Budapest, Hungary – Every year, U.S. magazine Forbes releases its ranking of the planet’s billionaires and richest people. The world today counts a grand total of 2.153 billionaires, with a combined wealth of 8.7 trillion dollars. Two Hungarians made the list in 2019.
1. Sandor Csanyi
With an estimated net worth of 1.1 billion dollars, Sandor Csanyi, 65 years old, is the richest man in Hungary, and the 1.941st richest person on earth (gaining 58 spots compared to last year), according to Forbes. Sandor Csanyi is the CEO of OTP Bank, the most powerful retail bank in Hungary and one of the largest financial firms in Central and Eastern Europe – also owned by Megdet Rahimkulov, a Russian-born Hungarian businessman with a total wealth of 1.4 billion dollars (technically the richest man in Hungary, but categorized as a Russian citizen by Forbes).
Csanyi is also a major investor in other sectors, including in agriculture through Bonafarm, which operates the second biggest slaughterhouse in Hungary. He was a departmental head at the Hungarian Ministry of Agriculture and Food Industry in the 1980’s.
Sandor Csanyi is a member of the board of giant energy conglomerate MOL, and the president of the Hungarian Football Association since 2010. He was named vice-president of UEFA in 2018. A long-standing member of Prime Minister Viktor Orban‘s inner circle, the relation between the two men started to deteriorate a few years ago. To know more about him, you can read his profile written by Forbes when he became Hungary’s first billionaire.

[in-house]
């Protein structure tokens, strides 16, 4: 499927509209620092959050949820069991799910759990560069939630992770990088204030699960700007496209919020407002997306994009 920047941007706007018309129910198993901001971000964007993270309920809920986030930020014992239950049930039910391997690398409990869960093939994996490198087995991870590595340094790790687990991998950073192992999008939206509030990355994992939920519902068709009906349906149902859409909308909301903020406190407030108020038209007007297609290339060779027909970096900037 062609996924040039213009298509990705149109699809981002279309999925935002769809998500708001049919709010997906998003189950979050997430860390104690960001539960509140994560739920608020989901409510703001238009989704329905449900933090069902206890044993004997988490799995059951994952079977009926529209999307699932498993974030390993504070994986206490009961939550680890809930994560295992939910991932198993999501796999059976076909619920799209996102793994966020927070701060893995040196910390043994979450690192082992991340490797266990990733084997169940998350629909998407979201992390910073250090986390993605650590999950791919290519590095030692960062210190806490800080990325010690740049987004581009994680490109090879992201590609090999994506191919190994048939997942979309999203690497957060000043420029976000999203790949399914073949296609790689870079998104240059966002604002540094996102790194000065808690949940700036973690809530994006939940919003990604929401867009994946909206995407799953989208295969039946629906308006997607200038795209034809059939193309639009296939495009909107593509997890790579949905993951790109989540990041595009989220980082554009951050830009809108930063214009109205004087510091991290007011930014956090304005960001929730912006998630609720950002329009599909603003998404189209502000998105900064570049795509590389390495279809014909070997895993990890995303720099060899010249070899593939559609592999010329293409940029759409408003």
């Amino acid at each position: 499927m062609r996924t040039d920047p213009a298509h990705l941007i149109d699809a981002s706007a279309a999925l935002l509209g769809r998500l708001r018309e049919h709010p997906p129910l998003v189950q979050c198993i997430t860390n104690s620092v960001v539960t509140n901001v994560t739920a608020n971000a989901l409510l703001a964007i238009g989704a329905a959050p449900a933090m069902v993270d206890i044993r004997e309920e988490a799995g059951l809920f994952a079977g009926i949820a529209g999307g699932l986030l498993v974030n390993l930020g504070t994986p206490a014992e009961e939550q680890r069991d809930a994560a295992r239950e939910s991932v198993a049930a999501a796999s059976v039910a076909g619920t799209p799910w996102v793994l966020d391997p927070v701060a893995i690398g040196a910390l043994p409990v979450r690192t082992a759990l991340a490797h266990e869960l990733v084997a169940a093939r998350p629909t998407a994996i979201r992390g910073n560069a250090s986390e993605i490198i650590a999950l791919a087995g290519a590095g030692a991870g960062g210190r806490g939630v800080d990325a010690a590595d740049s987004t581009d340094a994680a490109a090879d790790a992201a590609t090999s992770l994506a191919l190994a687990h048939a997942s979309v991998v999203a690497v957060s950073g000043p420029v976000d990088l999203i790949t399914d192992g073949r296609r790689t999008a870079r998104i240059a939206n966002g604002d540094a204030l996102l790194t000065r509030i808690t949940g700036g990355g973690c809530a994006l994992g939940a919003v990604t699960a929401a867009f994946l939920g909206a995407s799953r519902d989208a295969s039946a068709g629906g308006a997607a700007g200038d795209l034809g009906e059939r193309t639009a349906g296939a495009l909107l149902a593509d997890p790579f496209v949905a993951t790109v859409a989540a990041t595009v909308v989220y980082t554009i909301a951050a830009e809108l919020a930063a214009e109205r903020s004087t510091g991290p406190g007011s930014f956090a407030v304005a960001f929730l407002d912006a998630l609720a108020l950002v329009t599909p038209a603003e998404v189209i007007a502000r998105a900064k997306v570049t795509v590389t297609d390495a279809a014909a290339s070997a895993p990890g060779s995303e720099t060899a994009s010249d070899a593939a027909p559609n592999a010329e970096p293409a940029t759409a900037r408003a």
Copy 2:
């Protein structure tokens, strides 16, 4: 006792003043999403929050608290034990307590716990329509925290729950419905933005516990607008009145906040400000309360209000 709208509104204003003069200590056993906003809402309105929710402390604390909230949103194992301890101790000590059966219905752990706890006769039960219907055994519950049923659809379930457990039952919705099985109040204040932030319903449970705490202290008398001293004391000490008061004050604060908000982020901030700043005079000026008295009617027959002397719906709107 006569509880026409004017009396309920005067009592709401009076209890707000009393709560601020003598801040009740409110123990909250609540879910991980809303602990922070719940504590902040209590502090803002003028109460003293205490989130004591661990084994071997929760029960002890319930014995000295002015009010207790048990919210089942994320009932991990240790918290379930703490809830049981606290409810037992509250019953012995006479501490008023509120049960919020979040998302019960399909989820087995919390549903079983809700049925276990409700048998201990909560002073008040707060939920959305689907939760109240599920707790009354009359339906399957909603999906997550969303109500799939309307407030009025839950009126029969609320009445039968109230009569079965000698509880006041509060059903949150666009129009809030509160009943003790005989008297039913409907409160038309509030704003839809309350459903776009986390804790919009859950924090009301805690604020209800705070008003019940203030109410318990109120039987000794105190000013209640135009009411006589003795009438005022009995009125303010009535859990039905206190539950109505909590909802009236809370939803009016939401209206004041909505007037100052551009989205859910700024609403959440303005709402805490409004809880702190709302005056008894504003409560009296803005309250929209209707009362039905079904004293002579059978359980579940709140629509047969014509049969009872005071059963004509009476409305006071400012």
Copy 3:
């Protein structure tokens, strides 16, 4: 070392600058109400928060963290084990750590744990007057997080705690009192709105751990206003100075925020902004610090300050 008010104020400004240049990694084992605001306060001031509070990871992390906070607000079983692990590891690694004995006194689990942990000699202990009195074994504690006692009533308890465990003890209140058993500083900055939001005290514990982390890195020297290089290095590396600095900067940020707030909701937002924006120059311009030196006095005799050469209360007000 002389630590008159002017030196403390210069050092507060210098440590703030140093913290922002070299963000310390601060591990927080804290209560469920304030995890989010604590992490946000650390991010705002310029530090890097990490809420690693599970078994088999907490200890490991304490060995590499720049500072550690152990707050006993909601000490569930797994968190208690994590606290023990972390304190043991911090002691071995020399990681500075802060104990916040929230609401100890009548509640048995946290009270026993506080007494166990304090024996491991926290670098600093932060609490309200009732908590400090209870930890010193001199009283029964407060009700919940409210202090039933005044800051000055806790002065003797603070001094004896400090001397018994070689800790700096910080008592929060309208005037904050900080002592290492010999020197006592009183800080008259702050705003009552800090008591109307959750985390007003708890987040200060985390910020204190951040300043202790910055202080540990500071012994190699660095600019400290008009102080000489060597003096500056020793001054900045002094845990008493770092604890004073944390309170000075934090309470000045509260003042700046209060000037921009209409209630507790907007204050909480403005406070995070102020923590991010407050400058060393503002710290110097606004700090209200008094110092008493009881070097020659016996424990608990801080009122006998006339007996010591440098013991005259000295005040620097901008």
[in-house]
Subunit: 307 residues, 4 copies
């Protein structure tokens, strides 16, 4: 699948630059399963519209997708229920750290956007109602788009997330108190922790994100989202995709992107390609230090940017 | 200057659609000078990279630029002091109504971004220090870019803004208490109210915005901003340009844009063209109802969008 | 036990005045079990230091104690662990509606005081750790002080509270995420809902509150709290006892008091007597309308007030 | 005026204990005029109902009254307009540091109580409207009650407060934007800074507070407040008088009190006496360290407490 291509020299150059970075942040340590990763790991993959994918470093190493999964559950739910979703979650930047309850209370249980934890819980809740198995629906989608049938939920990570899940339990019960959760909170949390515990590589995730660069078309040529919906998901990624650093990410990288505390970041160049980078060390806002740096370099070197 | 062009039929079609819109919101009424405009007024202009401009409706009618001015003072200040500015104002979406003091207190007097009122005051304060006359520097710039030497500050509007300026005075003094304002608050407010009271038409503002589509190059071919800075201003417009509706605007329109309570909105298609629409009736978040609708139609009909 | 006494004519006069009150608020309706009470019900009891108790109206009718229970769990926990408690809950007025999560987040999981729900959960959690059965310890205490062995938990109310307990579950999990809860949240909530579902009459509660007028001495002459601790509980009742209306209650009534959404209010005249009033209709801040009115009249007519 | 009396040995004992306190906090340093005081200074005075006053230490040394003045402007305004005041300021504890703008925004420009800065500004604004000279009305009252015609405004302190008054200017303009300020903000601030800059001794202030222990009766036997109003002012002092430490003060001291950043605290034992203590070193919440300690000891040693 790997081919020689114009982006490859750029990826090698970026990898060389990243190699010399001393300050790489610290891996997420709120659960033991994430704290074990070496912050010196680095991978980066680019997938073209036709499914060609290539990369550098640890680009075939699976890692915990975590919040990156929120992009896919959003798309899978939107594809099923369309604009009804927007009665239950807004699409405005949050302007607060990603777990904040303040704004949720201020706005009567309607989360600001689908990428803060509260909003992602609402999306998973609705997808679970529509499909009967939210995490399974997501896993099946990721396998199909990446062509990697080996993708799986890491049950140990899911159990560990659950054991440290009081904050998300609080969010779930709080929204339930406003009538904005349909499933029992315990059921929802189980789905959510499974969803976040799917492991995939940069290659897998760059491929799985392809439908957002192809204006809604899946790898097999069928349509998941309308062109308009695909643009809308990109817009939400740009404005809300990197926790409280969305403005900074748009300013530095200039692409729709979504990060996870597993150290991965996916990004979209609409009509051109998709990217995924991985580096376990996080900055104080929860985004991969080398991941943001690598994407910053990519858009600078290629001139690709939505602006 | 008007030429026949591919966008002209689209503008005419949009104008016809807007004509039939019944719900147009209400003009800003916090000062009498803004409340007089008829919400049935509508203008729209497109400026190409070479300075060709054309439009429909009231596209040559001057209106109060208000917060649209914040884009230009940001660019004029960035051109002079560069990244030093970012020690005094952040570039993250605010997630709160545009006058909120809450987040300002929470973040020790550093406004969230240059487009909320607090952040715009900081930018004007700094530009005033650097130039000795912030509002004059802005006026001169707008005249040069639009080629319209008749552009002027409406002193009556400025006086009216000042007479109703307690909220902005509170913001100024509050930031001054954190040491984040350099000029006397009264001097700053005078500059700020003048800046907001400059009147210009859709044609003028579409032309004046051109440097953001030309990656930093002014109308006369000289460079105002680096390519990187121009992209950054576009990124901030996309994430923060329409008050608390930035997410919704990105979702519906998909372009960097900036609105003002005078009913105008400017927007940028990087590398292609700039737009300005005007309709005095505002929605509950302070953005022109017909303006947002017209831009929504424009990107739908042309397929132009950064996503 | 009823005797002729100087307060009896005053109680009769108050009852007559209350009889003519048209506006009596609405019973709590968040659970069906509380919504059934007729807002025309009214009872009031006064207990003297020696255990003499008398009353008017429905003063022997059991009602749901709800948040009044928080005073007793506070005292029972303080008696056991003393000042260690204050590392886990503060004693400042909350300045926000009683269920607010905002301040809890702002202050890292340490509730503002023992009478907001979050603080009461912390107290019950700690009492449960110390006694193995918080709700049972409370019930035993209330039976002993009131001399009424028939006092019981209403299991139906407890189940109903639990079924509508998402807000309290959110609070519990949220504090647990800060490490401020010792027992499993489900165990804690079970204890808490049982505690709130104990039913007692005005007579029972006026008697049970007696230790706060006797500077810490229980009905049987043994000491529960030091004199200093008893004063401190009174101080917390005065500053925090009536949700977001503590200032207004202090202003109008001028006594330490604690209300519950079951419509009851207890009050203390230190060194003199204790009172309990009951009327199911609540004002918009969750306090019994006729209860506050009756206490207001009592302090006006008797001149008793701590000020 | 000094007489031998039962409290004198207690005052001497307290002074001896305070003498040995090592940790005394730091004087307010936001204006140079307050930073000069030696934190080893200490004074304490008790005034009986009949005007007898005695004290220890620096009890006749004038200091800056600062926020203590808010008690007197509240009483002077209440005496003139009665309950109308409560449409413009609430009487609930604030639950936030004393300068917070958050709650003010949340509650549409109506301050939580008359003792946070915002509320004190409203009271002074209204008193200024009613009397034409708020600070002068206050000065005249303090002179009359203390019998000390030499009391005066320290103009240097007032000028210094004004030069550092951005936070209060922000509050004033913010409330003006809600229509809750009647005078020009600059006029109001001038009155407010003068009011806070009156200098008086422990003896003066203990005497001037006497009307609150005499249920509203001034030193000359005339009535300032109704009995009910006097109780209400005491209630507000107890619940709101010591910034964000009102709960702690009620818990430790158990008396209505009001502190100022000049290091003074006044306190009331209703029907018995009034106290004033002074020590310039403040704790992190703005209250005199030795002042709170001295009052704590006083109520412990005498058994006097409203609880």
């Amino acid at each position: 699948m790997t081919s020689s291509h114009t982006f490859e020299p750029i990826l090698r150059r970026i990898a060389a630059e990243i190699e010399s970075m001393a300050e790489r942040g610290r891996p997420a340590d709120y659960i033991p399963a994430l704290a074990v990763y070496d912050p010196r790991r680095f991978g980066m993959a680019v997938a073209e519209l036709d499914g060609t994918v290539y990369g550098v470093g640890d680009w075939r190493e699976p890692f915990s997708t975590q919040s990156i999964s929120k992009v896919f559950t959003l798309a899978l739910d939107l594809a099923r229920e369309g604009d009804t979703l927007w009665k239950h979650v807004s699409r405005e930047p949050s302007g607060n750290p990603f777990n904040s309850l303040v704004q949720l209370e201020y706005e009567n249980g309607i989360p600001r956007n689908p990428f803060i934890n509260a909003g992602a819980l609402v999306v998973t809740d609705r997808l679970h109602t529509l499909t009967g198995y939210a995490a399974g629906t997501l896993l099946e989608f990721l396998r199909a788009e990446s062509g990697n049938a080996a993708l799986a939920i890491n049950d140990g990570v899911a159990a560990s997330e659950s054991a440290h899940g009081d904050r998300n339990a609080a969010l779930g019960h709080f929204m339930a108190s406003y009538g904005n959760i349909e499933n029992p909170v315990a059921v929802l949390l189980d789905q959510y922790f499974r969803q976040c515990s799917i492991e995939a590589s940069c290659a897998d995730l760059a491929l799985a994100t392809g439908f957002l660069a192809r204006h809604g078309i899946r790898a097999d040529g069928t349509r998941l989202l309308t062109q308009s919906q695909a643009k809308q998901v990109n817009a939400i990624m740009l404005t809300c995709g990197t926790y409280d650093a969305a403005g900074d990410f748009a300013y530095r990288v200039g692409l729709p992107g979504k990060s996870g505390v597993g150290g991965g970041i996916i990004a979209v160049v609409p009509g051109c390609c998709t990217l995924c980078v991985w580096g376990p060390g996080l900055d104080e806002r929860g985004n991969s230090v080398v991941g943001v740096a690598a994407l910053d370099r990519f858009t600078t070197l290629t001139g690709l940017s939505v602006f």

2. Lőrinc Mészáros
With a total wealth of 1 billion dollars, Lőrinc Mészáros is the 2.057th richest people on earth and second most wealthy Hungarian citizen. He made his fortune in the 1990’s after creating a gas-fitting company in Felcsút, the home-town of Hungarian Prime Minister Viktor Orban, where he also served as a Fidesz-nominee mayor from 2011 to 2018. His company is now a major player in the construction market, thanks to big contracts from the government and EU subsidies. He now reportedly owns roughly 200 companies in Hungary, from media to insurance and tourism, and counts among PM Viktor Orban’s closest allies.
In his own words: “That I have been able to come so far, God, luck and the person of Viktor Orban have certainly played a role”.
Other Visegrad Group countries host a number of other well-connected businessmen who made a fortune, usually during the 1990’s privatization era. Although the two most egalitarian nations in Europe when it comes to income and wealth distribution, both Slovakia and the Czech Republic, for instance, have no shortage of billionaires: check out the complete list of the ten richest Czechs and Slovaks in the world.